Ovulation, sex hormones, and women’s mating psychology

Jones, B. C. , Hahn, A. C. and Debruine, L. M. (2019) Ovulation, sex hormones, and women’s mating psychology. Trends in Cognitive Sciences, 23(1), pp. 51-62. (doi: 10.1016/j.tics.2018.10.008) (PMID:30477896)

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The dual mating strategy hypothesis proposes that women’s preferences for uncommitted sexual relationships with men displaying putative fitness cues increase during the high-fertility phase of the menstrual cycle. Results consistent with this hypothesis are widely cited as evidence that sexual selection has shaped human mating psychology. However, the methods used in most of these studies have recently been extensively criticized. Here we discuss (i) new empirical studies that address these methodological problems and largely report null results and (ii) an alternative model of hormonal regulation of women’s mating psychology that can better accommodate these new data.

Item Type:Articles
Glasgow Author(s) Enlighten ID:Hahn, Dr Amanda and DeBruine, Professor Lisa and Jones, Professor Benedict
Authors: Jones, B. C., Hahn, A. C., and Debruine, L. M.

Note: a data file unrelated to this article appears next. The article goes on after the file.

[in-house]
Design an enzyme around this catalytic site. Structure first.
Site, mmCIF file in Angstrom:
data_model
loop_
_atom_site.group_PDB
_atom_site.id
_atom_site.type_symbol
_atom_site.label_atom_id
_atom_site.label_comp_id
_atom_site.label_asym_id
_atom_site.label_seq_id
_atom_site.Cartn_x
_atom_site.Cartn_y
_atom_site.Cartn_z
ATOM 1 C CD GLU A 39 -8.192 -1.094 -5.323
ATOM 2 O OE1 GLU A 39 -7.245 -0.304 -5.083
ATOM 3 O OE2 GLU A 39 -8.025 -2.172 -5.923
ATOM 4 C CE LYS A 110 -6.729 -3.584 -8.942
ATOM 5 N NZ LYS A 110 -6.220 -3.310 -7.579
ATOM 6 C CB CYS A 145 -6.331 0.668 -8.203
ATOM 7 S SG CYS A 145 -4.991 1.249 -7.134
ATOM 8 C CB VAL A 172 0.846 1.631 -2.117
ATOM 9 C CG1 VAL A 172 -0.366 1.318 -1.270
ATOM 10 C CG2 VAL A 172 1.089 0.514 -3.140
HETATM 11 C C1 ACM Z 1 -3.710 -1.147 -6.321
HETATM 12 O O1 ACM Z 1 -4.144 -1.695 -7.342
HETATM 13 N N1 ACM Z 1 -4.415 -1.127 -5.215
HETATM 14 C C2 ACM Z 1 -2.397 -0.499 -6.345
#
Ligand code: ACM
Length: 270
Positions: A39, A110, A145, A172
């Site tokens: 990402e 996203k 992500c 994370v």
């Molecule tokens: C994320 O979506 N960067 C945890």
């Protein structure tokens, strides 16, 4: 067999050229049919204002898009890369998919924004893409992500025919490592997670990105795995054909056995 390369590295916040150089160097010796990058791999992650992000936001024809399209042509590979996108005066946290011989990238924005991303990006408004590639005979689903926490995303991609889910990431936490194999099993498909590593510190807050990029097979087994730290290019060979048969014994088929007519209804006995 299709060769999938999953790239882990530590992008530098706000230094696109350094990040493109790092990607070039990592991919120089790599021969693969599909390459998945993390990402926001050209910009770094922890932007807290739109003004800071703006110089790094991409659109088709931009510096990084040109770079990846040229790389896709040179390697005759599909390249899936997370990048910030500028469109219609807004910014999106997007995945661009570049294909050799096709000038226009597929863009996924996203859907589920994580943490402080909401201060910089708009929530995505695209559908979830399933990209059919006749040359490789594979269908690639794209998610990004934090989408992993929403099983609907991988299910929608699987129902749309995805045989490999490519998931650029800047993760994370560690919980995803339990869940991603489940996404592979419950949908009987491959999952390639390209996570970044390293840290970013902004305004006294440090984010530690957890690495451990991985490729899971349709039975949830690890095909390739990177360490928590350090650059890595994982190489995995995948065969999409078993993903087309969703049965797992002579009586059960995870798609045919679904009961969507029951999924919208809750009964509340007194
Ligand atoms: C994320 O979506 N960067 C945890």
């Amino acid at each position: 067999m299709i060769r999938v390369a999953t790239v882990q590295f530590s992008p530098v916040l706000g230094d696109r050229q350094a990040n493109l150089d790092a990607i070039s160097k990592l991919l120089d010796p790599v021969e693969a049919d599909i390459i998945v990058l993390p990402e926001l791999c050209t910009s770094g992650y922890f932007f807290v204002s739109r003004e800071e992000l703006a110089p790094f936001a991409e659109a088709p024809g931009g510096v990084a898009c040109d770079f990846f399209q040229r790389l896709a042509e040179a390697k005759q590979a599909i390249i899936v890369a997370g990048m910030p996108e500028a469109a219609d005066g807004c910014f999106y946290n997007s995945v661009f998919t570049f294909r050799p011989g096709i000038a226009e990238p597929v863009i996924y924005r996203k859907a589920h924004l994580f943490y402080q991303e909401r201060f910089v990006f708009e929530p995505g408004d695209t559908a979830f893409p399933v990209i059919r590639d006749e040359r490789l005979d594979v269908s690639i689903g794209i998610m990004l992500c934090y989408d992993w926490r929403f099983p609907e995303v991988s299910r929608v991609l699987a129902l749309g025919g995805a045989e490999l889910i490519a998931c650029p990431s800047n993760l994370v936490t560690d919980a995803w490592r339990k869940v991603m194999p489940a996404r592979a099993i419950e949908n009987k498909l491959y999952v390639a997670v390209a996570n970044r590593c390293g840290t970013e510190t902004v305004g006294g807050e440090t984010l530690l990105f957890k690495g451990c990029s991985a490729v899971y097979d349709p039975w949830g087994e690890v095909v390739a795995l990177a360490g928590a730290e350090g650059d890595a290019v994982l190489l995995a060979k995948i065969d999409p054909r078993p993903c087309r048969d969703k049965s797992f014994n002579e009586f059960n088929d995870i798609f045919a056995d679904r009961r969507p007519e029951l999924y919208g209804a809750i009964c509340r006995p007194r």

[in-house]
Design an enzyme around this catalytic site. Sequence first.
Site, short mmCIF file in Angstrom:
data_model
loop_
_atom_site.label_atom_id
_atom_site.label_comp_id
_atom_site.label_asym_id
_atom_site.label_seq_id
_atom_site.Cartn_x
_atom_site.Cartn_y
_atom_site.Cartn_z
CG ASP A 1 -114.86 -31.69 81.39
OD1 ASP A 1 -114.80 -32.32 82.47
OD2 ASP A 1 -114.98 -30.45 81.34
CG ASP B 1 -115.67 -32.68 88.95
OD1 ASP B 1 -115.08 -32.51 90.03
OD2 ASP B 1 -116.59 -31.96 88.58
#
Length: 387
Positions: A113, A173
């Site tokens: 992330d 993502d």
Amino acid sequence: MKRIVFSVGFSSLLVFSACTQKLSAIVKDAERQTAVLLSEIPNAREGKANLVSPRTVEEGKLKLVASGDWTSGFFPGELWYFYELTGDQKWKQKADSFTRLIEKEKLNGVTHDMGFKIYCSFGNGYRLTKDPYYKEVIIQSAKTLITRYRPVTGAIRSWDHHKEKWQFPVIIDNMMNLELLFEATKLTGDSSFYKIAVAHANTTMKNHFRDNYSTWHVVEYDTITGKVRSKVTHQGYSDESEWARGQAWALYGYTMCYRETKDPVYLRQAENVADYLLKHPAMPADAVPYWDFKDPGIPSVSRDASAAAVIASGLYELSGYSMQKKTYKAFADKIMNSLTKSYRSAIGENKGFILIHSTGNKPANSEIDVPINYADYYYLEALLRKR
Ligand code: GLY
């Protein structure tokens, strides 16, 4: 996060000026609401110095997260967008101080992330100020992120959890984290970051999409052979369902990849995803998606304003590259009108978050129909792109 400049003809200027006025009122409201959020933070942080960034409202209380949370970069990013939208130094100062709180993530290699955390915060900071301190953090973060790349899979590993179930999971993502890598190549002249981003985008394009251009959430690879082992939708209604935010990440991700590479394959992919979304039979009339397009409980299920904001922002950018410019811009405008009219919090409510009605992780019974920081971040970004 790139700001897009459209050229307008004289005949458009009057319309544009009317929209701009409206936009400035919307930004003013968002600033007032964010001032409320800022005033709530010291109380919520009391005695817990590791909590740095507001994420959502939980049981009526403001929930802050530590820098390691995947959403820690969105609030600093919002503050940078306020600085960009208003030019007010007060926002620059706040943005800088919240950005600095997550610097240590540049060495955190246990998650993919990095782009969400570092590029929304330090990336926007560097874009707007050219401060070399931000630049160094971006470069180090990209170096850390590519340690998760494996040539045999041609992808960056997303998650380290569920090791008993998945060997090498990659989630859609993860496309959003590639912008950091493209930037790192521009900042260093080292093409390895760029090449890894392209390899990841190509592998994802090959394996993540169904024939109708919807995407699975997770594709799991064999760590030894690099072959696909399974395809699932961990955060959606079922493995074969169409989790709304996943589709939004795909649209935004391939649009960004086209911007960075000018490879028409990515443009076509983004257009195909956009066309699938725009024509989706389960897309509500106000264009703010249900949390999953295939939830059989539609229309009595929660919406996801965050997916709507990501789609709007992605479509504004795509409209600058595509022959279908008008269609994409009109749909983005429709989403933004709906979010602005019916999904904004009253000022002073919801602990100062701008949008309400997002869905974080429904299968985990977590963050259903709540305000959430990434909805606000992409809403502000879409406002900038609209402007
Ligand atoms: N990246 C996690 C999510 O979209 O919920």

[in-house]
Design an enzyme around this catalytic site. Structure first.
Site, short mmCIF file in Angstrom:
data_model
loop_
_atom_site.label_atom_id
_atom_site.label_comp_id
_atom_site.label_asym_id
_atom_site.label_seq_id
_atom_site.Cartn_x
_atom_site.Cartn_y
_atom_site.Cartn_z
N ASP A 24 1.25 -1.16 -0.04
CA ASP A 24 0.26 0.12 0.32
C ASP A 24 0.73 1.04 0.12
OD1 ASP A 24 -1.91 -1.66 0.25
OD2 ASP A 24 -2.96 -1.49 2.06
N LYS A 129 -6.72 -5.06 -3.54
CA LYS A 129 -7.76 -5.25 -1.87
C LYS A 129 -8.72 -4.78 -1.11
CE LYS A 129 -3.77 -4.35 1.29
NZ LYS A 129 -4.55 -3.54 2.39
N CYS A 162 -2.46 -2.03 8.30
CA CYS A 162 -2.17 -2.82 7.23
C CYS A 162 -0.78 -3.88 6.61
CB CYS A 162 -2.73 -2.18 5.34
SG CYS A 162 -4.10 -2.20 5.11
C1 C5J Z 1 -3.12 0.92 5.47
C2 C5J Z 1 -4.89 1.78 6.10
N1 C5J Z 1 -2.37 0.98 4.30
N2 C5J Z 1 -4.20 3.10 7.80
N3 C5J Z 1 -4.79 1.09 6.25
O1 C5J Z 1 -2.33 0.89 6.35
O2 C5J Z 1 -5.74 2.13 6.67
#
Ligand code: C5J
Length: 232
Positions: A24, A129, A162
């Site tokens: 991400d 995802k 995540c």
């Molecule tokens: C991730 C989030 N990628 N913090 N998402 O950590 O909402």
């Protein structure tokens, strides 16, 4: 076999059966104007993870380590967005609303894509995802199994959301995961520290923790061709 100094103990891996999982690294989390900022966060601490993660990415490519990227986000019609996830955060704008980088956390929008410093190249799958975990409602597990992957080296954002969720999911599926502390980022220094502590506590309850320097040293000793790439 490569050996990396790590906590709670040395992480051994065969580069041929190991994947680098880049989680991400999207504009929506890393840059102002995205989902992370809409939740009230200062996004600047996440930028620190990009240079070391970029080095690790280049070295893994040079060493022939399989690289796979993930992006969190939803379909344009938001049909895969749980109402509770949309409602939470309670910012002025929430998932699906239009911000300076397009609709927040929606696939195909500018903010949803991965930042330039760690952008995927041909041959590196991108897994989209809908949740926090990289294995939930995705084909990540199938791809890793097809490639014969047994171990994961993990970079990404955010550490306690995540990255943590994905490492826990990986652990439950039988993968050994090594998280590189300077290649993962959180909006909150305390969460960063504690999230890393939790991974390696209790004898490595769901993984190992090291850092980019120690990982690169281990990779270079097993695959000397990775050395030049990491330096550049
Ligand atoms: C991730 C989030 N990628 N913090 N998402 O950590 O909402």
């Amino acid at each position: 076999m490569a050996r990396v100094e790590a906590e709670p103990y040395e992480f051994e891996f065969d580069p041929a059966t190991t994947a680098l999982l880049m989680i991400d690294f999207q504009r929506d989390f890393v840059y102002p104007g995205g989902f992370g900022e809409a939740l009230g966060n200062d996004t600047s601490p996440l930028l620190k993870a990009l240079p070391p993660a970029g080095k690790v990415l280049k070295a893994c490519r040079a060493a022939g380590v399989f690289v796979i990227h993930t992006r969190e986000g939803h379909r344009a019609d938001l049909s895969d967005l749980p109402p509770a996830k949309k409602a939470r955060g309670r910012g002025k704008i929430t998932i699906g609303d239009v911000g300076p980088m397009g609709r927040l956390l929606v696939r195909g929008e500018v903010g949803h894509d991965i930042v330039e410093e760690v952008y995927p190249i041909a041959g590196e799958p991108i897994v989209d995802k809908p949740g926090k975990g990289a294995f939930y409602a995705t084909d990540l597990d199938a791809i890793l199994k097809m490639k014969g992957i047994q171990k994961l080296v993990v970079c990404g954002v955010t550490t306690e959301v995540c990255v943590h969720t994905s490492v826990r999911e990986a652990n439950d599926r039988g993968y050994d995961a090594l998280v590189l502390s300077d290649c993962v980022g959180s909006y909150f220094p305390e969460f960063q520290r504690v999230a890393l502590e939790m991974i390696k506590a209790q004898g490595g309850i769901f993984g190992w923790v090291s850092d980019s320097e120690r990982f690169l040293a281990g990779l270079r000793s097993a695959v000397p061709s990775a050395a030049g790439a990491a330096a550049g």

College/School:College of Medical Veterinary and Life Sciences > School of Psychology & Neuroscience
Journal Name:Trends in Cognitive Sciences
Publisher:Elsevier (Cell Press)
ISSN (Online):1879-307X
Published Online:24 November 2018
Copyright Holders:Copyright © 2018 Elsevier Ltd.
First Published:First published in Trends in Cognitive Sciences 23(1): 51-62
Publisher Policy:Reproduced in accordance with the publisher copyright policy

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Project CodeAward NoProject NamePrincipal InvestigatorFunder's NameFunder RefLead Dept
604381OCMATE Do oral contraceptives alter womens mate preferences?Benedict JonesEuropean Research Council (ERC)OCMATE FP7ERC282655RI NEUROSCIENCE & PSYCHOLOGY
672531KINSHIP: How do humans recognise kin?Lisa DebruineEuropean Research Council (ERC)647910RI NEUROSCIENCE & PSYCHOLOGY